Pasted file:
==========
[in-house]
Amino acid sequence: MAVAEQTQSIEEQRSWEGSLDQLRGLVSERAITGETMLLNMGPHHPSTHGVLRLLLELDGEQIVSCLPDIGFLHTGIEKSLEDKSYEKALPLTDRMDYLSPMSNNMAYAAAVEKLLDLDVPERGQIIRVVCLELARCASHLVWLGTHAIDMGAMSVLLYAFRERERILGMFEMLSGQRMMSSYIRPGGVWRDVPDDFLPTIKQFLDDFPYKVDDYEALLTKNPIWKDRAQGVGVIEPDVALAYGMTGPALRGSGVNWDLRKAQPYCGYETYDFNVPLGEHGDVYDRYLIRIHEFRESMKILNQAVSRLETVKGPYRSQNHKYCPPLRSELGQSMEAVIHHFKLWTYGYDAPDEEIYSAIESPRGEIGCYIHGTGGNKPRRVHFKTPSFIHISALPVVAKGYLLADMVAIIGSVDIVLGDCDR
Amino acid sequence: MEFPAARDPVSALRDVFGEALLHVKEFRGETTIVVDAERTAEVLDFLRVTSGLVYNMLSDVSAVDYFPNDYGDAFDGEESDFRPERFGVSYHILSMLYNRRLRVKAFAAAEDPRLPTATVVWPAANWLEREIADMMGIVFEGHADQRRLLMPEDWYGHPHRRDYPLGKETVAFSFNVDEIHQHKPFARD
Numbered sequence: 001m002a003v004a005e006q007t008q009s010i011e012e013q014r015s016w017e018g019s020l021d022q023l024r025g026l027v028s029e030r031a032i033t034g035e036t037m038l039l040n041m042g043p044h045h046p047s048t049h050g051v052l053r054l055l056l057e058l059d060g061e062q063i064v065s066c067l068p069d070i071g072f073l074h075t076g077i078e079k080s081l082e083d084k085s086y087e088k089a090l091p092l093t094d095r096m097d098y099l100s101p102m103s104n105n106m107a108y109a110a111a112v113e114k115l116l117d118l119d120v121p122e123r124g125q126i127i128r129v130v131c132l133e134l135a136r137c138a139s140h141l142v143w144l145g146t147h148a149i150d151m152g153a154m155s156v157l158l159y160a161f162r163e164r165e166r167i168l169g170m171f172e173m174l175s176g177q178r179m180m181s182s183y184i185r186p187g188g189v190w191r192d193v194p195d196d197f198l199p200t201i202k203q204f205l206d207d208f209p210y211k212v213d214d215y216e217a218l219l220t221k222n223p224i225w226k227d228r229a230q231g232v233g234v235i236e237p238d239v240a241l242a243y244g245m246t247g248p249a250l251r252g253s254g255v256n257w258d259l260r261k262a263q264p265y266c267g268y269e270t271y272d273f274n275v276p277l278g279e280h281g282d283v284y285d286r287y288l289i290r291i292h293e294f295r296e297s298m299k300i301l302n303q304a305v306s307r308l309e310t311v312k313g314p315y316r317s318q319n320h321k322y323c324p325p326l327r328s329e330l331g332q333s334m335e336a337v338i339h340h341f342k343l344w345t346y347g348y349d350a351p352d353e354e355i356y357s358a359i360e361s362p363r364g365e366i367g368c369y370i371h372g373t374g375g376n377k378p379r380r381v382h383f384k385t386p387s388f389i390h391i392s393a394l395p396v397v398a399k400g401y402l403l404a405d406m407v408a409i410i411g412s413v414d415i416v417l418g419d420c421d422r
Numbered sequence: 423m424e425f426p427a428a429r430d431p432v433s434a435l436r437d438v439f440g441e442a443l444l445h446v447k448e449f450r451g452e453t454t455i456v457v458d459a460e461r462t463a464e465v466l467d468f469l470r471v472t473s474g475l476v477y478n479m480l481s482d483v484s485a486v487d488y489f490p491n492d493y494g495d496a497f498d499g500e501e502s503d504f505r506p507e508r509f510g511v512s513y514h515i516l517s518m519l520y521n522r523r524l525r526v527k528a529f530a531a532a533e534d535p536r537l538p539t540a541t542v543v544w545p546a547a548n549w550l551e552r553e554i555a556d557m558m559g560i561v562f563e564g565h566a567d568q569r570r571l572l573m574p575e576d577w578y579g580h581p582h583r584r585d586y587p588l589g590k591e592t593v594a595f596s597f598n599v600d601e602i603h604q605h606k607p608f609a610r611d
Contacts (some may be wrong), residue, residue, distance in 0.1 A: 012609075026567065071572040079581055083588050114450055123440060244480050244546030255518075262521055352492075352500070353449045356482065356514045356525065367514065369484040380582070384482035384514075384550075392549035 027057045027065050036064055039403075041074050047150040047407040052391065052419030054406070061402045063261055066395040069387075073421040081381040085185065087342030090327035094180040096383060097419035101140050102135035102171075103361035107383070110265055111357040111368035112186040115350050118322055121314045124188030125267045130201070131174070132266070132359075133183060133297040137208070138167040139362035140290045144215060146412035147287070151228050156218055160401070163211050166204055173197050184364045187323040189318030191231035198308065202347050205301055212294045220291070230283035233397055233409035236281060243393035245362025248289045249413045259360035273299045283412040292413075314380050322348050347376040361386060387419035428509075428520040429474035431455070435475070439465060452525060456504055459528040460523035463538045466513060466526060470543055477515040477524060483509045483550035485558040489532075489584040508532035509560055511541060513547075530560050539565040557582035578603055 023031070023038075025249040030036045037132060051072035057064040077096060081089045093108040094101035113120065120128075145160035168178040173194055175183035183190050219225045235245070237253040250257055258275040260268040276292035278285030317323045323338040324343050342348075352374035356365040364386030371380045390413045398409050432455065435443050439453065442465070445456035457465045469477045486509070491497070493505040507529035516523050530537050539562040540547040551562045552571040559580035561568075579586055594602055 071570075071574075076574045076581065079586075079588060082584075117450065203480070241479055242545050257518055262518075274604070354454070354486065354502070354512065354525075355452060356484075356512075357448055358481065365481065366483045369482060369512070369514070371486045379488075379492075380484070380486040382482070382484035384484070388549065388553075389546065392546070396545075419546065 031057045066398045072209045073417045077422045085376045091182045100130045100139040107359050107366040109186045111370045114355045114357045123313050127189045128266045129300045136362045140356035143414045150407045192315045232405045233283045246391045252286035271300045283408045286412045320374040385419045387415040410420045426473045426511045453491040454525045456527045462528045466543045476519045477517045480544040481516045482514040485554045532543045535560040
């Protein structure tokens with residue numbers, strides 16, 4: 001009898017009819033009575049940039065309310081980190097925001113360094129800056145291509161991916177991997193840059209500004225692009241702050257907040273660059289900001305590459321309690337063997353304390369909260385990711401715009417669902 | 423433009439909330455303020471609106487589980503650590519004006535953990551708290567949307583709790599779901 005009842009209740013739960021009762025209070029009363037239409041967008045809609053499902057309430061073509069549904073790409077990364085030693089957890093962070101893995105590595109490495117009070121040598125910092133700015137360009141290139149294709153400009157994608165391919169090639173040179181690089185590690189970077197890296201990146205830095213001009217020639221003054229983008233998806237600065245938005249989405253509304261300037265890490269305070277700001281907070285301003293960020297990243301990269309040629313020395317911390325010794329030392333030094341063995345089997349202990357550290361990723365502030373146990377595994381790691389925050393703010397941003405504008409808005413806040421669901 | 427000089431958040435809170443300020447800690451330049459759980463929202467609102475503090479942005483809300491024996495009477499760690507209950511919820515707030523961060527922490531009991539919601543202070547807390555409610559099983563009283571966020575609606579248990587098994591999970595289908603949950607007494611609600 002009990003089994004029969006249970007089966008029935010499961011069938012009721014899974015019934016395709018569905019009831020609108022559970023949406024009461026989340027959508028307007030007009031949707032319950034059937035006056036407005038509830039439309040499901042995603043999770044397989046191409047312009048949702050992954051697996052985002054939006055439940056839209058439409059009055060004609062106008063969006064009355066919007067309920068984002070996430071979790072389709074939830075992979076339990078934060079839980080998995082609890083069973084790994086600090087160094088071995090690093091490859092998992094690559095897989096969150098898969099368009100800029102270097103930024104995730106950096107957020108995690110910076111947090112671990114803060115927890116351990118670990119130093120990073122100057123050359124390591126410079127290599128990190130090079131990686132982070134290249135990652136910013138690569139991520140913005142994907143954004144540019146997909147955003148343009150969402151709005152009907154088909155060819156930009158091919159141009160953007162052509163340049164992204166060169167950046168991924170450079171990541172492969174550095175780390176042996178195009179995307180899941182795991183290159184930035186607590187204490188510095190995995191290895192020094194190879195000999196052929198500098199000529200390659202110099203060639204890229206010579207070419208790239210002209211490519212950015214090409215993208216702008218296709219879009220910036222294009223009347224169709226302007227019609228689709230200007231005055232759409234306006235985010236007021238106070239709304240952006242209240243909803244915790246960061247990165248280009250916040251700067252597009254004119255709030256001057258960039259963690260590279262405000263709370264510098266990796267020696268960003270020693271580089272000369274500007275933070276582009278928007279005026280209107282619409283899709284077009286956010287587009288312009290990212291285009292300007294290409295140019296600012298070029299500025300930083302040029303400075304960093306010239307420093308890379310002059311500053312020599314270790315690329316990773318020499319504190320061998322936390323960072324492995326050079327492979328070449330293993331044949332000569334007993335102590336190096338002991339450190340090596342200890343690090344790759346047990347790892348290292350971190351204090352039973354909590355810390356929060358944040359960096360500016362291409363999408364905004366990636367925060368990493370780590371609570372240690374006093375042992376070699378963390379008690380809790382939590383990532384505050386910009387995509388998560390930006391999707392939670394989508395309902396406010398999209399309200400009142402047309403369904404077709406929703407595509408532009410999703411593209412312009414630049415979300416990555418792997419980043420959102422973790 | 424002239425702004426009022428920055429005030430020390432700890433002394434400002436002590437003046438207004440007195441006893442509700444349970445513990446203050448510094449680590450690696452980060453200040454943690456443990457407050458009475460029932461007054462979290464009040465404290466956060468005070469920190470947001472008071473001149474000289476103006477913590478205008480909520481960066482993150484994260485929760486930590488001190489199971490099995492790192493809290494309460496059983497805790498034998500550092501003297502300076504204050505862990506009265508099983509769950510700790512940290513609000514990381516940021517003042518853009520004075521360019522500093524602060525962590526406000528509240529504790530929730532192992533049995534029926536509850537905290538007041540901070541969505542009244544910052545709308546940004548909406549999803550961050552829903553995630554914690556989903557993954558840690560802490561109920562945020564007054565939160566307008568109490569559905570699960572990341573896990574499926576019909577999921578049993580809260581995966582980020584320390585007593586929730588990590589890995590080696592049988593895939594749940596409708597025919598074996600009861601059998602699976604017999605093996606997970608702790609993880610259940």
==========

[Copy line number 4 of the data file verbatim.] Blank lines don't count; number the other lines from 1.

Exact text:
Numbered sequence: 001m002a003v004a005e006q007t008q009s010i011e012e013q014r015s016w017e018g019s020l021d022q023l024r025g026l027v028s029e030r031a032i033t034g035e036t037m038l039l040n041m042g043p044h045h046p047s048t049h050g051v052l053r054l055l056l057e058l059d060g061e062q063i064v065s066c067l068p069d070i071g072f073l074h075t076g077i078e079k080s081l082e083d084k085s086y087e088k089a090l091p092l093t094d095r096m097d098y099l100s101p102m103s104n105n106m107a108y109a110a111a112v113e114k115l116l117d118l119d120v121p122e123r124g125q126i127i128r129v130v131c132l133e134l135a136r137c138a139s140h141l142v143w144l145g146t147h148a149i150d151m152g153a154m155s156v157l158l159y160a161f162r163e164r165e166r167i168l169g170m171f172e173m174l175s176g177q178r179m180m181s182s183y184i185r186p187g188g189v190w191r192d193v194p195d196d197f198l199p200t201i202k203q204f205l206d207d208f209p210y211k212v213d214d215y216e217a218l219l220t221k222n223p224i225w226k227d228r229a230q231g232v233g234v235i236e237p238d239v240a241l242a243y244g245m246t247g248p249a250l251r252g253s254g255v256n257w258d259l260r261k262a263q264p265y266c267g268y269e270t271y272d273f274n275v276p277l278g279e280h281g282d283v284y285d286r287y288l289i290r291i292h293e294f295r296e297s298m299k300i301l302n303q304a305v306s307r308l309e310t311v312k313g314p315y316r317s318q319n320h321k322y323c324p325p326l327r328s329e330l331g332q333s334m335e336a337v338i339h340h341f342k343l344w345t346y347g348y349d350a351p352d353e354e355i356y357s358a359i360e361s362p363r364g365e366i367g368c369y370i371h372g373t374g375g376n377k378p379r380r381v382h383f384k385t386p387s388f389i390h391i392s393a394l395p396v397v398a399k400g401y402l403l404a405d406m407v408a409i410i411g412s413v414d415i416v417l418g419d420c421d422r